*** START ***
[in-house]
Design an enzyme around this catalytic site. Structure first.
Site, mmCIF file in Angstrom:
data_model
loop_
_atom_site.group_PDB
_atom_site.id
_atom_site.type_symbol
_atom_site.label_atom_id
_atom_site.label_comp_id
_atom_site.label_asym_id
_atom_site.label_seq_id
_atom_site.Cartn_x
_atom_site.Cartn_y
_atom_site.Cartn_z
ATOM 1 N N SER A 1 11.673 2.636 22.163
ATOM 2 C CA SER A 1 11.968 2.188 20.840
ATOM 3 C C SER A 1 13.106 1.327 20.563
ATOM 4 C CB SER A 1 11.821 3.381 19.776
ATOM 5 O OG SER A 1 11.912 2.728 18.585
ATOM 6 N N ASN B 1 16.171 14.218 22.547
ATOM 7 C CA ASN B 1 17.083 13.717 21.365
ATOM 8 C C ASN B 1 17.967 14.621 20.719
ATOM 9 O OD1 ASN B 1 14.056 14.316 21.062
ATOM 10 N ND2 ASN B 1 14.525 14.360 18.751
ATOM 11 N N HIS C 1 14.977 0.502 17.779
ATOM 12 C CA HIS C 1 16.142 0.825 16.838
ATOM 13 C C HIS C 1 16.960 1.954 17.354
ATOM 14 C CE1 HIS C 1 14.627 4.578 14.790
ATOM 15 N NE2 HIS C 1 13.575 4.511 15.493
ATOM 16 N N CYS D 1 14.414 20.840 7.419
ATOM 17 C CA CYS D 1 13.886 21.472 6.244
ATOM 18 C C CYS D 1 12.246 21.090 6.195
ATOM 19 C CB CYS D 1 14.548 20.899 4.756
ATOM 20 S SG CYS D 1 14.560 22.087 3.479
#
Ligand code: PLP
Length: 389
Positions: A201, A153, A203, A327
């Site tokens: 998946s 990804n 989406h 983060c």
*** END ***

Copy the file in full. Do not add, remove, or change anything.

[in-house]
Design an enzyme around this catalytic site. Structure first.
Site, mmCIF file in Angstrom:
data_model
loop_
_atom_site.group_PDB
_atom_site.id
_atom_site.type_symbol
_atom_site.label_atom_id
_atom_site.label_comp_id
_atom_site.label_asym_id
_atom_site.label_seq_id
_atom_site.Cartn_x
_atom_site.Cartn_y
_atom_site.Cartn_z
ATOM 1 N N SER A 1 11.673 2.636 22.163
ATOM 2 C CA SER A 1 11.968 2.188 20.840
ATOM 3 C C SER A 1 13.106 1.327 20.563
ATOM 4 C CB SER A 1 11.821 3.381 19.776
ATOM 5 O OG SER A 1 11.912 2.728 18.585
ATOM 6 N N ASN B 1 16.171 14.218 22.547
ATOM 7 C CA ASN B 1 17.083 13.717 21.365
ATOM 8 C C ASN B 1 17.967 14.621 20.719
ATOM 9 O OD1 ASN B 1 14.056 14.316 21.062
ATOM 10 N ND2 ASN B 1 14.525 14.360 18.751
ATOM 11 N N HIS C 1 14.977 0.502 17.779
ATOM 12 C CA HIS C 1 16.142 0.825 16.838
ATOM 13 C C HIS C 1 16.960 1.954 17.354
ATOM 14 C CE1 HIS C 1 14.627 4.578 14.790
ATOM 15 N NE2 HIS C 1 13.575 4.511 15.493
ATOM 16 N N CYS D 1 14.414 20.840 7.419
ATOM 17 C CA CYS D 1 13.886 21.472 6.244
ATOM 18 C C CYS D 1 12.246 21.090 6.195
ATOM 19 C CB CYS D 1 14.548 20.899 4.756
ATOM 20 S SG CYS D 1 14.560 22.087 3.479
#
Ligand code: PLP
Length: 389
Positions: A201, A153, A203, A327
């Site tokens: 998946s 990804n 989406h 983060c």